Indra driving the chariot

Wooden sculpture of Taishakuten (Indra) riding an elephant (cropped) – Wikimedia Commons

The chariot race was one of the most important competitive sports in Greece, Rome and many other ancient cultures.  In the Iliad, we read a description of a chariot race held as part of the funeral games.  The energy and competitive spirit of the racers is vividly described as follows –

“Then they all at once raised their whips above their horses, started them with the reins, drove them on with urgent commands, and they swiftly advanced across the plain, at full gallop, moving away from the ships; and from under their breasts the dust, kicked up, rose high, like a cloud or a whirlwind … each man’s heart beat fast with excitement as they all strove to win, and kept urging their horses on, and the horses flew forward, raising the dust on the plain.”

[The Iliad, trans. Prof. Peter Green, p.423 lines 362 ff.]

In the Indian context, the Aśvins or Nāsatyas are as a divine chariot team of chariot-warrior and chariot-driver, half-brothers who seemingly constitute a pan-Indo-European archetype, matching for example Hengest and Horsa in the English tradition.  The Aśvins seem to have been of particular interest to many of the Vedic poets.  Ghoṣā Kākṣīvatī uses celeritous phrasing reminiscent of the Greek race example above when she talks of them –

Aśvins, you two gave a swift horse to Pedu with nine and ninety swiftnesses,
Remarkable, delightful like good fortune invoked for men.
Aśvins, come quickly on the chariot which the Ṛbhus made for you with something faster than thought,
At the harnessing of which the sky’s daughter is born, both the sun’s day, good days.

[Rig Veda Maṇḍala 10 Sūkta 39 Mantras 10,12 by Ṛṣi Ghoṣā Kākṣīvatī; my own tentative translation, w. ref. to Jamison & Brereton and Griffith]

The second verse here seems to allude to the daily passage of the sun across the sky, considered as a chariot, driven by the Aśvins, racing across the sky in some kind of vast cosmic chariot-journey.  A different perspective within this cosmic chariot framework is found in a somewhat unusual episode which take place at the home of a certain Uśanā Kāvya, a rather obscure character who is nevertheless also known in the ancient Iranian tradition.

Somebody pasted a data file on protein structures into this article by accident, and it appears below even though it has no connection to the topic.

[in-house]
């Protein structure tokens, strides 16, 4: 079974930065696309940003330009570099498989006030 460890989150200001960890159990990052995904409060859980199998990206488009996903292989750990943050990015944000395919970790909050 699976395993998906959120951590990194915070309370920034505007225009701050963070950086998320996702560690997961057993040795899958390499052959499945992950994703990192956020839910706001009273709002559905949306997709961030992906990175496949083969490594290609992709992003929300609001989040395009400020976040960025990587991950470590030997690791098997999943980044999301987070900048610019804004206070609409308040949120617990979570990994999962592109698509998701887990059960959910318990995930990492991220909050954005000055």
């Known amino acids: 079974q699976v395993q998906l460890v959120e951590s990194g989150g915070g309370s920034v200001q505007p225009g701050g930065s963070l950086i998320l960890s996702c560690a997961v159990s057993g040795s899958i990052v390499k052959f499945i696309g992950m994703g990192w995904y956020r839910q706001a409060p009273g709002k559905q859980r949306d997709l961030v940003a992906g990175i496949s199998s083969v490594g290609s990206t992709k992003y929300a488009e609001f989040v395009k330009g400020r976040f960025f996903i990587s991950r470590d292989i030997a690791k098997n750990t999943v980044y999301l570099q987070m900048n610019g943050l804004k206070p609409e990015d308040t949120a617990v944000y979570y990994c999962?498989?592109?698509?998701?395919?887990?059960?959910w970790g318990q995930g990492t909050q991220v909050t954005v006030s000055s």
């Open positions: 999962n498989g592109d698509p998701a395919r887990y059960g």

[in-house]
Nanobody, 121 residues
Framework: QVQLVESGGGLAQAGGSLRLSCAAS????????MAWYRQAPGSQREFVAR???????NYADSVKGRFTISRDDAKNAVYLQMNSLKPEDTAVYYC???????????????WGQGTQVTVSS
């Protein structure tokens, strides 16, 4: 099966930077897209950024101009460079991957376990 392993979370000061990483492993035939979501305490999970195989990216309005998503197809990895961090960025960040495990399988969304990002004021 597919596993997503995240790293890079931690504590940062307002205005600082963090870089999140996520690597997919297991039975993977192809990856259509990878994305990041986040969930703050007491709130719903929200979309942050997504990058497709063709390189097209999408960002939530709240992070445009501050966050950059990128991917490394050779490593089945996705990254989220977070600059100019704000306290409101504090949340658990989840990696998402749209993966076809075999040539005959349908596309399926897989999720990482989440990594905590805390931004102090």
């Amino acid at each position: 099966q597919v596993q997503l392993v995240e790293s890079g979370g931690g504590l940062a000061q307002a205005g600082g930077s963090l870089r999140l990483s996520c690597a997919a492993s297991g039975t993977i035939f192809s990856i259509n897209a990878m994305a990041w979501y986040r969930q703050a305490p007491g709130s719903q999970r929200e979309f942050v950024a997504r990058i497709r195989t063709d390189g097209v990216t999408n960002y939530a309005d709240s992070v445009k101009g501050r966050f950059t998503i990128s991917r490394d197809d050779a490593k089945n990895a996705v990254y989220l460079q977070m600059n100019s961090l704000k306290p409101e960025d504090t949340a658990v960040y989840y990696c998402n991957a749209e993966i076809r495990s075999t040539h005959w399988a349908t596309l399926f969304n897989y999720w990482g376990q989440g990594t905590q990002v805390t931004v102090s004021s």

Indra, when you came to Uśanā’s house with speedy horses driven forward,
You went there on the attack on the chariot with Kutsa, along with gods.  You attacked Śuṣṇa.
You tore one wheel [from the chariot] of the sun for Kutsa.  You put the other [wheel] into space to move.

[Rig Veda Maṇḍala 5 Sūkta 29 Mantras 9,10ab by Ṛṣi Gaurivīti Śāktya; my own tentative translation, w. ref. to Jamison & Brereton and Griffith]

We should probably understand this as an explanation for why the sun comprises a single disc, being the other ‘wheel’ of the ‘sun-chariot’ which has now been put into space to move.  Thus an earlier article discusses other Vedic verses that describe the sun as a one-wheeled chariot, which is further associated with the calendar.  The first part of that line may also perhaps suggest a solar eclipse, where the sun-disc is, as it were, ‘torn away’ by the obscuring body.  Another passage that addresses Indra references the same general theme –

You went on the chariot with Kutsa, to help him as chariot-driver, controlling the wind’s two horses,
Holding tight like spoils the two swift horses so that during the day the poet can strive to reach the end.

[Rig Veda Maṇḍala 4 Sūkta 16 Mantra 11 by Ṛṣi Gaurivīti Śāktya; my own tentative translation, w. ref. to Jamison & Brereton and Griffith]

In both these passages, we again find the expected team of two on the chariot, the rider, who is perhaps a warrior, and the driver.  These Vedic examples, such as Indra and Kutsa, or the Aśvins above, may be the prototype for other, more famous chariot teams, such as Krishna and Arjuna.  Similarly, too, these passages seem to depict a more martial context than simply a chariot-race.

The above passages are rather hard to translate and understand, and many aspects of the narrative are necessarily obscure to the modern reader, with many allusions and elliptical references to stories that would have been well-known to contemporary audiences.  Nevertheless we can get some sense of how Vedic authors thought about their world and get some value from reading and thinking about these episodes.

In fact, such a predicament is quite common when reading about ancient literatures from across the world.  We may for example think of how JRR Tolkien drew on similarly tenuous foundations from the English literary tradition, including Beowulf, to create his own mythology of Middle Earth.  Indeed, it was perhaps precisely the partial and enigmatic nature of his sources that, on one hand, allowed him the scope to flesh out as richer picture, and on the other hand, prompted his expansive style of narrative which similarly points to a much larger world beyond what is directly depicted.

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